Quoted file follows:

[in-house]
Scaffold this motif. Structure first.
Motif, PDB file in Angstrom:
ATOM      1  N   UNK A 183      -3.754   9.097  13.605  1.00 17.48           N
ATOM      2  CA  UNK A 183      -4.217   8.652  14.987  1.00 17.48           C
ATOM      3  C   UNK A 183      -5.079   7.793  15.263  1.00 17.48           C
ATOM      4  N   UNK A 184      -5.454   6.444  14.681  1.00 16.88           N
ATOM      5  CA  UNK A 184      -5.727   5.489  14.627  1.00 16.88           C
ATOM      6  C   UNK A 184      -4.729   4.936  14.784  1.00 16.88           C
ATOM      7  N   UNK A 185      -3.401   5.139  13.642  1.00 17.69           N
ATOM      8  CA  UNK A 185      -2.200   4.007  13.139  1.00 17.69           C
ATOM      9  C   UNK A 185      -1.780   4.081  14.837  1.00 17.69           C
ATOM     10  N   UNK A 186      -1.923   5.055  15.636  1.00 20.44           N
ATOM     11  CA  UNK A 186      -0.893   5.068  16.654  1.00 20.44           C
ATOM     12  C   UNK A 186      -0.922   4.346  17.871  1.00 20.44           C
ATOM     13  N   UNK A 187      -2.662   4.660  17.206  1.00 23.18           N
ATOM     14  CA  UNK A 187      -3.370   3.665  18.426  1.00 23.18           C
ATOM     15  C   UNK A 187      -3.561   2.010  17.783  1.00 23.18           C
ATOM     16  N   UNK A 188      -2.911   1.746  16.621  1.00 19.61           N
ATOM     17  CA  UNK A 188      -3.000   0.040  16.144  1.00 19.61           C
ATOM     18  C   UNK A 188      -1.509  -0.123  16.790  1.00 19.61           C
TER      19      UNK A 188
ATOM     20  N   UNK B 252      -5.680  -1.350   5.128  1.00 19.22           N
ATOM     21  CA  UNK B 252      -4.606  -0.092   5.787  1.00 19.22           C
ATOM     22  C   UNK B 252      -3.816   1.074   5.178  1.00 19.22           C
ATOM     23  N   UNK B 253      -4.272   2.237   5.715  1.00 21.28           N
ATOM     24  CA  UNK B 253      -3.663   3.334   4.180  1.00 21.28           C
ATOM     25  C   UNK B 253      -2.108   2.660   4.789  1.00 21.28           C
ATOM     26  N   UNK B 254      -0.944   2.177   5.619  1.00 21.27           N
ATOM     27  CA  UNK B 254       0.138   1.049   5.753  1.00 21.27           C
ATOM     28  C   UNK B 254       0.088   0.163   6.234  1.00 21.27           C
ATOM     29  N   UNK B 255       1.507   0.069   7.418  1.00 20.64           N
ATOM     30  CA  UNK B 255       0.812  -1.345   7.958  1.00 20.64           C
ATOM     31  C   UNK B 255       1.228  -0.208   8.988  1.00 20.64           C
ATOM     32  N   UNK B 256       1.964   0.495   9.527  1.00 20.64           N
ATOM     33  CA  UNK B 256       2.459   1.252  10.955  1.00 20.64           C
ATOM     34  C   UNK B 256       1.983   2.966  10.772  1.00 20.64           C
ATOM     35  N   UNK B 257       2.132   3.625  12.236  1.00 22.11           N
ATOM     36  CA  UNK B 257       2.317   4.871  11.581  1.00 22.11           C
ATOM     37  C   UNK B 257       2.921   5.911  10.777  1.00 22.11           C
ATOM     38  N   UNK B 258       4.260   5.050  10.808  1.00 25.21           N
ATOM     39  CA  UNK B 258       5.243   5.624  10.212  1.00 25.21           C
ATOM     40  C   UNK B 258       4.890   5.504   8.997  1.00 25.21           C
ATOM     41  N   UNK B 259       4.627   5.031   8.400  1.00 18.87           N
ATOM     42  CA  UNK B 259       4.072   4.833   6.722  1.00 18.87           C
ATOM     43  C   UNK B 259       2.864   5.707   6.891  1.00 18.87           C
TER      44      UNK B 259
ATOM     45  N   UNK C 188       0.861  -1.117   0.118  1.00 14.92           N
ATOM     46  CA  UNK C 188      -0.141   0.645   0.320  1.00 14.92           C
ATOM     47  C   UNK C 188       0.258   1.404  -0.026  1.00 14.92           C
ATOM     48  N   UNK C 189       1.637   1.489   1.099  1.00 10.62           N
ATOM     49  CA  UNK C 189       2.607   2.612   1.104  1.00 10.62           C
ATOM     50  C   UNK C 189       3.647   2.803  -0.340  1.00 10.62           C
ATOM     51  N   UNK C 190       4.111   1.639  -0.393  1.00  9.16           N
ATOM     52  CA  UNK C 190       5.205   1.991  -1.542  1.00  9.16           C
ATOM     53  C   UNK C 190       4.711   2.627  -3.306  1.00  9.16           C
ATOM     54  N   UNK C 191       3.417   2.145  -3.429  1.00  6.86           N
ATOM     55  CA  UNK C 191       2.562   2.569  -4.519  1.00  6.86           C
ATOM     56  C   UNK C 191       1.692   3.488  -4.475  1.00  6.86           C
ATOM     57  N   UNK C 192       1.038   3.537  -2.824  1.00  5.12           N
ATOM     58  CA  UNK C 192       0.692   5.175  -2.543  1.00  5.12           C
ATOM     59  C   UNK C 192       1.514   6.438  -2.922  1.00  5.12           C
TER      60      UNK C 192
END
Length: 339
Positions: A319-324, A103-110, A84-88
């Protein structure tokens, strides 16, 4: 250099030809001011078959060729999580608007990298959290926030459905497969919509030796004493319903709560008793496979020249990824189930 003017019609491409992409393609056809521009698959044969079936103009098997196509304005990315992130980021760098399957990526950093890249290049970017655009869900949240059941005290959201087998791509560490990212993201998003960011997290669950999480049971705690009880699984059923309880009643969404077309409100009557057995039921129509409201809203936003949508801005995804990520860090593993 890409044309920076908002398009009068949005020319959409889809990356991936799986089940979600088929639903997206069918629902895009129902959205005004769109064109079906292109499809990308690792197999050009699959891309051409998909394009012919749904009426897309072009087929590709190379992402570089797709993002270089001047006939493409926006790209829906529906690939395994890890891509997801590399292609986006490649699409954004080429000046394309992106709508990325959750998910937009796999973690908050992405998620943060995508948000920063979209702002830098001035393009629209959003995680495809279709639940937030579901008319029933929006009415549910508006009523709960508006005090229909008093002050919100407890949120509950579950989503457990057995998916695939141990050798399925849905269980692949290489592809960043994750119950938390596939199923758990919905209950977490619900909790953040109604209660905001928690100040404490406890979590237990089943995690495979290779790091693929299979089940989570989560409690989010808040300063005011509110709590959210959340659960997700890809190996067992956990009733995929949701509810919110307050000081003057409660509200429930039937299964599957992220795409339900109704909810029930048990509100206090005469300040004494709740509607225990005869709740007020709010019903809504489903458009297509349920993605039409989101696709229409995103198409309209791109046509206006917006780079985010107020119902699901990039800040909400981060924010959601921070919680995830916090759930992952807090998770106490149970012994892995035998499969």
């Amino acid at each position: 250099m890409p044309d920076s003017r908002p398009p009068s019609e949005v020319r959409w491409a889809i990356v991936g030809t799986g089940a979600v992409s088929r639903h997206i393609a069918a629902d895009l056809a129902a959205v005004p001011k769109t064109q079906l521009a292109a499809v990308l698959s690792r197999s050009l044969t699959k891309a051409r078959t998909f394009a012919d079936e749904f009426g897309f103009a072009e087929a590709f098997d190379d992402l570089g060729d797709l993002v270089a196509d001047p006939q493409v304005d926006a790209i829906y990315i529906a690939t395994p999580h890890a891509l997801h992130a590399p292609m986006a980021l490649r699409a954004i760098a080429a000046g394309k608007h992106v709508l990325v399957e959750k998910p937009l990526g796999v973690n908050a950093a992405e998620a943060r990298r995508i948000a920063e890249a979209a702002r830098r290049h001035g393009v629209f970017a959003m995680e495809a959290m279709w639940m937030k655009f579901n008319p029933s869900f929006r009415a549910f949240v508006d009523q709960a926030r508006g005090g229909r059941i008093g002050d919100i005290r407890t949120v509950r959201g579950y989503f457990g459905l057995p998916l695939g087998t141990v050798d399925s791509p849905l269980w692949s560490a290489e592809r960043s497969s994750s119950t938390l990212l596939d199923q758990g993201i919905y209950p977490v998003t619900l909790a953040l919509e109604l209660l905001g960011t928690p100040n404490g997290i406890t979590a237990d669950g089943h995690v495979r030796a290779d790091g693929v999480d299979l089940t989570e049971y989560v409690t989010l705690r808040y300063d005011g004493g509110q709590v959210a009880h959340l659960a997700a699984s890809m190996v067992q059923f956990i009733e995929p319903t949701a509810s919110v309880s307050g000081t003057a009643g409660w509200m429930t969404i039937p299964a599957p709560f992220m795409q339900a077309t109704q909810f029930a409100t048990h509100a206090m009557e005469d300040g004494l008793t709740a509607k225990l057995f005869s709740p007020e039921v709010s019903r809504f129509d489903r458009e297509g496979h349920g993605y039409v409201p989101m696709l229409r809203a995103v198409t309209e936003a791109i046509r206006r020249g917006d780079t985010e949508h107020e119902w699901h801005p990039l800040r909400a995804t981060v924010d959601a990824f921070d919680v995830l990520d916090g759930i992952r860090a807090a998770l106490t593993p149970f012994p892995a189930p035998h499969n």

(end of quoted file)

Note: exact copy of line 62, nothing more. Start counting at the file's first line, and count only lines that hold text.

ATOM     59  C   UNK C 192       1.514   6.438  -2.922  1.00  5.12           C